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1/1/ / faculty of Electrical Engineering eindhoven university of technology Architectures of Digital Information Systems Part 1: Interrupts and DMA dr.ir.

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Presentation on theme: "1/1/ / faculty of Electrical Engineering eindhoven university of technology Architectures of Digital Information Systems Part 1: Interrupts and DMA dr.ir."— Presentation transcript:

1 1/1/ / faculty of Electrical Engineering eindhoven university of technology Architectures of Digital Information Systems Part 1: Interrupts and DMA dr.ir. A.C. Verschueren Eindhoven University of Technology Section of Digital Information Systems

2 1/1/ / faculty of Electrical Engineering eindhoven university of technology What IS communication? For a computer to do any useful work, it must communicate with its surroundings 'Communication' consists out of two things 1)Information transfer 2)Synchronisation These may be present in variable amounts, from pure (continuous) information transfer to pure synchronisation First, clear a common misconception... no user interface  no communication

3 1/1/ / faculty of Electrical Engineering eindhoven university of technology address 0 7 decoder addr ‘Memory mapped’ input/output Addresses in memory space are used to access the I/O ports with normal memory read/writes –More ports possible by extra address decoding input port output port 1 memory CPU inputoutput memory 4 'real' data addr read write 4..7 select 0 1

4 1/1/ / faculty of Electrical Engineering eindhoven university of technology Separate input/output (address) space The CPU uses extra control signals (and special instructions) to access input and output ports –More ports possible by adding control signals or by using the address bus to encode port addresses CPU memory input output data read inread write addr out write

5 1/1/ / faculty of Electrical Engineering eindhoven university of technology Ports and synchronisation Input ports transfer data to the processor data bus Output ports 'latch' (remember) the data provided by the processor between output accesses Synchronisation of data transfer can be done –Use separate output port bits as synchronisation signal –Use read/write/in/out signals for synchronisation –Receiving synchronisation signals via input port bits is very time consuming: they need continuous checking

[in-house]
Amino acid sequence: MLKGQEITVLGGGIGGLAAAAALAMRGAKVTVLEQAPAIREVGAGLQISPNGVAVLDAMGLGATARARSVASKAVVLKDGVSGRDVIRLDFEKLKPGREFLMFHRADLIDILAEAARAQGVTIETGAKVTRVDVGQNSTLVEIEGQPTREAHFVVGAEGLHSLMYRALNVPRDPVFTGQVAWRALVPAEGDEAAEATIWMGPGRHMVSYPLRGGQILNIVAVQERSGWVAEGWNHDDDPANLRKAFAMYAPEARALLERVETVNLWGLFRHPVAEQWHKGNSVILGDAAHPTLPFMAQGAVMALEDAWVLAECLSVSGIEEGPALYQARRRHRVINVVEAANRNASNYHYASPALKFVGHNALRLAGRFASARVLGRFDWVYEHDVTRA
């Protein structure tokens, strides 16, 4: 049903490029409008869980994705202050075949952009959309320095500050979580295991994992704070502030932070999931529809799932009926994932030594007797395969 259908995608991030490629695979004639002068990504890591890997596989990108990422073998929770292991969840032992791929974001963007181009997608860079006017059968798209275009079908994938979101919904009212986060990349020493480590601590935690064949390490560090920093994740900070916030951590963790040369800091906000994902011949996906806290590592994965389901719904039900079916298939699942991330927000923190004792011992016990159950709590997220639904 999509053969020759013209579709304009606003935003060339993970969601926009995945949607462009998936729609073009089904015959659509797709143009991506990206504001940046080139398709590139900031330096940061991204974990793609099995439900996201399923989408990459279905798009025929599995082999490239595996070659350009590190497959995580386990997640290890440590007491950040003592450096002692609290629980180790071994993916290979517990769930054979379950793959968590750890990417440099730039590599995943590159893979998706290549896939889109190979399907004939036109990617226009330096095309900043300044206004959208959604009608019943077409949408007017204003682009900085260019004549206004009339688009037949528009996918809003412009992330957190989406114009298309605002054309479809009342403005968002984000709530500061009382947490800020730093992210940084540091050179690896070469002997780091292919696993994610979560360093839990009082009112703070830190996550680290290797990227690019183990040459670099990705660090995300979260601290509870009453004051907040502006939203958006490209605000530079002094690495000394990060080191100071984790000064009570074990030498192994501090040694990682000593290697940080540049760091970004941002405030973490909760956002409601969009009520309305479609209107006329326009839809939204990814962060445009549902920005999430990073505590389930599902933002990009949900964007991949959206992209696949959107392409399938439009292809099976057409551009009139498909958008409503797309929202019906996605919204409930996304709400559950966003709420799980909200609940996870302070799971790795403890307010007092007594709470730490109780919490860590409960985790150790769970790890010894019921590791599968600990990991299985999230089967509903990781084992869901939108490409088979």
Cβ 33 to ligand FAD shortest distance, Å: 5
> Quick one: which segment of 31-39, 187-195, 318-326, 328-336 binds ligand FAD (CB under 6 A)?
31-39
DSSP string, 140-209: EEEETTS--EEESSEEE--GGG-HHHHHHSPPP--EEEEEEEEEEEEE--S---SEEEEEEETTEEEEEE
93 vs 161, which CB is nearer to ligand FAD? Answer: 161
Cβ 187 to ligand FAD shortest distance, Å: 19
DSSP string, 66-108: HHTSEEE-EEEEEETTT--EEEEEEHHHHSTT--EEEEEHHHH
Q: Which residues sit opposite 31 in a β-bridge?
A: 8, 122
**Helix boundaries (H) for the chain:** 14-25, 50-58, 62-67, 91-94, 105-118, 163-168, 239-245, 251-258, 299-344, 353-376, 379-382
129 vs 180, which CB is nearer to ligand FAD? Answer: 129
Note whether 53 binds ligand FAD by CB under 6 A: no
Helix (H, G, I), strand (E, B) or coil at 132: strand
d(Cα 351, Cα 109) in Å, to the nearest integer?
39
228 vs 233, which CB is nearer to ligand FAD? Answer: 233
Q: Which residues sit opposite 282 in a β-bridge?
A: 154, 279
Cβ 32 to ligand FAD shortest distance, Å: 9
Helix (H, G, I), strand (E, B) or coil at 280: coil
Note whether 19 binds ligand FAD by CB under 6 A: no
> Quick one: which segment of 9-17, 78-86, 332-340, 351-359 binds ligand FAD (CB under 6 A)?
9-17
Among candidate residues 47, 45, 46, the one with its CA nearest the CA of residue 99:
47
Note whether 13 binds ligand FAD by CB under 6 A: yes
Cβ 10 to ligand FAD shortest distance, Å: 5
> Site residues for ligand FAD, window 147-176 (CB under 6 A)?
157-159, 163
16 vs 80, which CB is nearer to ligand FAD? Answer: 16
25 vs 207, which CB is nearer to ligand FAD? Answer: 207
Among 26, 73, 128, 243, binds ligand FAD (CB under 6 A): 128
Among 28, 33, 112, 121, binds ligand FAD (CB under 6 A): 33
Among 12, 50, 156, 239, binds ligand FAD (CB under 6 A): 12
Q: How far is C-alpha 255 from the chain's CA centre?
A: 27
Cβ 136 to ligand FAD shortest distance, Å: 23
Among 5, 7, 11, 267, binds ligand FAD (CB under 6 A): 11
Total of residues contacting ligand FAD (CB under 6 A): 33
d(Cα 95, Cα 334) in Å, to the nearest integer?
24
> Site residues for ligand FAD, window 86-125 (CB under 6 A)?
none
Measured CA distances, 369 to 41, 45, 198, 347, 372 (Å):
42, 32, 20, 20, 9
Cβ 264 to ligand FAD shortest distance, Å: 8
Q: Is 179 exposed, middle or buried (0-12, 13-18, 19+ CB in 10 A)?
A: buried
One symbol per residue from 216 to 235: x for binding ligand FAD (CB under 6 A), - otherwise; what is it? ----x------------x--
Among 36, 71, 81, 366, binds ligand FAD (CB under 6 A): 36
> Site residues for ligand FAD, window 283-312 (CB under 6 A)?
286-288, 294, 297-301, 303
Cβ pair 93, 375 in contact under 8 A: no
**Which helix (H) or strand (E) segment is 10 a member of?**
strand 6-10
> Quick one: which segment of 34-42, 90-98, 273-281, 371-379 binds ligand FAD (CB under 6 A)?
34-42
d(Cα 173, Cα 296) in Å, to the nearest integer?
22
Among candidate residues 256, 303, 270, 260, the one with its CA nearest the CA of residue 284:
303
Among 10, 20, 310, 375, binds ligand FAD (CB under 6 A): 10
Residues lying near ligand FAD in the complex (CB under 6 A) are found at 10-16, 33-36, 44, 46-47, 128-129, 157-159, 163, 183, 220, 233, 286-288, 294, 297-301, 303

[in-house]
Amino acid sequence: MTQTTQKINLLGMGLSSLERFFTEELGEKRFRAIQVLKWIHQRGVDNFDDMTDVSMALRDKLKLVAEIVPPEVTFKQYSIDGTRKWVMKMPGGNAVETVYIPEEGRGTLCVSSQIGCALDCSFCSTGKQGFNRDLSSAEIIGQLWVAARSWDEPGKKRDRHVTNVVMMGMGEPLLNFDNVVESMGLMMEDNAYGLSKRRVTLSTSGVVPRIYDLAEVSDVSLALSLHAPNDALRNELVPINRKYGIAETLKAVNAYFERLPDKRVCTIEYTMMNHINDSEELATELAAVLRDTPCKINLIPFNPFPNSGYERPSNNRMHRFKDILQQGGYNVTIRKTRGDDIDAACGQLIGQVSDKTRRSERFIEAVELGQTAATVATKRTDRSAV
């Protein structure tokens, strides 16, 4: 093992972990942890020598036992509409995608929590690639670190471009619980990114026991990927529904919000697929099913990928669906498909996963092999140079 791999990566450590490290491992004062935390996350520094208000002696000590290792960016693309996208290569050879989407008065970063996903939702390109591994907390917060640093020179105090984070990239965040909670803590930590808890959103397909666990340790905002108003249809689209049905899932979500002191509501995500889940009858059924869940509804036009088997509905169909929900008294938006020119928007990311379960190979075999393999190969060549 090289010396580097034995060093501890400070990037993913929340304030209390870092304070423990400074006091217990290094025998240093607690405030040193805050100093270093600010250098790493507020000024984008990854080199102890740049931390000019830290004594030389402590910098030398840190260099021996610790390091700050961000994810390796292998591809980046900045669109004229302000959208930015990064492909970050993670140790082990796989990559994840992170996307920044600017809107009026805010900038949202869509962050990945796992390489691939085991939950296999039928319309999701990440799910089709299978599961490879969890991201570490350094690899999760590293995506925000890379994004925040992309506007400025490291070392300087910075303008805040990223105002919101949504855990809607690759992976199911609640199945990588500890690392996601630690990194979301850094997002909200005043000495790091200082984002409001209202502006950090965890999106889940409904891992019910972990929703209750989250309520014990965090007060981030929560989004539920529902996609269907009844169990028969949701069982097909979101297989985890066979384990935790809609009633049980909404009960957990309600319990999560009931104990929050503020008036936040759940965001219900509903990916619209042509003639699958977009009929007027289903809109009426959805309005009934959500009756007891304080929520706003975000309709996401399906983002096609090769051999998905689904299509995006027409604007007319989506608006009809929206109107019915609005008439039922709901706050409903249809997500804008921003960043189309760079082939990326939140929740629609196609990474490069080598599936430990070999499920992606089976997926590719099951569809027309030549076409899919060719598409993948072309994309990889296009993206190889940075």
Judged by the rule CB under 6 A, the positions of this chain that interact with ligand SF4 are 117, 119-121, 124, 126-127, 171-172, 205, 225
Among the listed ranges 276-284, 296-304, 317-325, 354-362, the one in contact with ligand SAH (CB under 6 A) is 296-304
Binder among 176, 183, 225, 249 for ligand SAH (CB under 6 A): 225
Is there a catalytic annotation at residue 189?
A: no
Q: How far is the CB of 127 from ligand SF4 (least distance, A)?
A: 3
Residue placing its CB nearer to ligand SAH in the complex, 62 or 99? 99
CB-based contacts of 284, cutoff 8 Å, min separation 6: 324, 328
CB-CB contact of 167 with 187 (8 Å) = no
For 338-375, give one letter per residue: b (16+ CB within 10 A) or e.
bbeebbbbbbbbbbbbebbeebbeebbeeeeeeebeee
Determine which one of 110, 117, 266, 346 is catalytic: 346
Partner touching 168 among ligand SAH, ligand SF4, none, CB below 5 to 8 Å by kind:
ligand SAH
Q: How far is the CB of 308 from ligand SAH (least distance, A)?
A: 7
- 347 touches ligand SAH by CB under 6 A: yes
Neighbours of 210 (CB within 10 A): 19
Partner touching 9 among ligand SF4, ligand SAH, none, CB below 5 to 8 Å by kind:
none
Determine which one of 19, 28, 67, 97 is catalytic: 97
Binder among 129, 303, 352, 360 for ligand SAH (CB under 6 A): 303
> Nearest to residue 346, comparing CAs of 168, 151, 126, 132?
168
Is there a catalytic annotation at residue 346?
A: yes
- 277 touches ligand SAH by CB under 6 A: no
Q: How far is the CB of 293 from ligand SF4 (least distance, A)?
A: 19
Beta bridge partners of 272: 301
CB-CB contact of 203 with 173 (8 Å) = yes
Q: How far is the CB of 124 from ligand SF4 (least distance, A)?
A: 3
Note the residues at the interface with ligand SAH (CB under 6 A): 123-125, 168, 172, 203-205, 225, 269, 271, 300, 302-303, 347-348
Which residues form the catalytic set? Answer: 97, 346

6 1/1/ / faculty of Electrical Engineering eindhoven university of technology Receiving synchronisation signals It is much better to let the synchronisation signal itself inform the CPU that it has become activated ! –Add hardware to the CPU which 'listens' to a synchronisation signal –When activity is detected, this hardware... 1)Stops whatever the CPU was doing 2)Handles the synchronisation signal by calling a subroutine –At return from this subroutine, the program which was running is continued as if nothing has happened This forms the basis of the 'interrupt' mechanism –The subroutine started by the hardware is called 'interrupt routine'

7 1/1/ / faculty of Electrical Engineering eindhoven university of technology Basic interrupt hardware and operation An input pin on the CPU is checked at the end of handling each instruction –The PC is saved and a JUMP (to a specific address) is performed if this pin is found to be active –At the end of the interrupt routine, the PC must be restored to continue with the interrupted program –The interrupt routine should not modify storage locations (memory AND registers) used by this program …unless they form the communication medium between the interrupt routine and the program !

8 1/1/ / faculty of Electrical Engineering eindhoven university of technology Saving & restoring PC and other registers Use separate register sets for the main program and the interrupt routines – Limited number of interrupts, no recursion possible + Extremely fast switching, interrupt 'tasks' possible Save register set in fixed memory locations – Much slower switching, no recursion possible + Simple hardware if most of work done in software Save register set on the stack – Still slow in switching + Recursion possible, can use existing hardware (for CALL, RET, PUSH, POP)

9 1/1/ / faculty of Electrical Engineering eindhoven university of technology Where to start the interrupt routine ? At hardware-fixed locations in program memory – Very inflexible, number of interrupts limited + Relatively simple hardware External logic provides start address (input port) – Complex hardware outside the CPU + Can be very flexible, simple hardware in CPU Use a table in memory indexed by interrupt nr. – Special hardware in CPU (moderate complexity) + Reasonable flexibility, efficiency and speed

10 1/1/ / faculty of Electrical Engineering eindhoven university of technology Importance of interrupts Not all interrupts are equally important 1)Interrupt routines may not be interrupted by less important ones –If a less important interrupt occurs, this must be remembered so that its routine can be started a.s.a.p. 2)Interrupt routines must be interruptable by more important ones Most CPU’s automatically disable ALL interrupts when an interrupt routine is started We need much ‘finer’ control than that !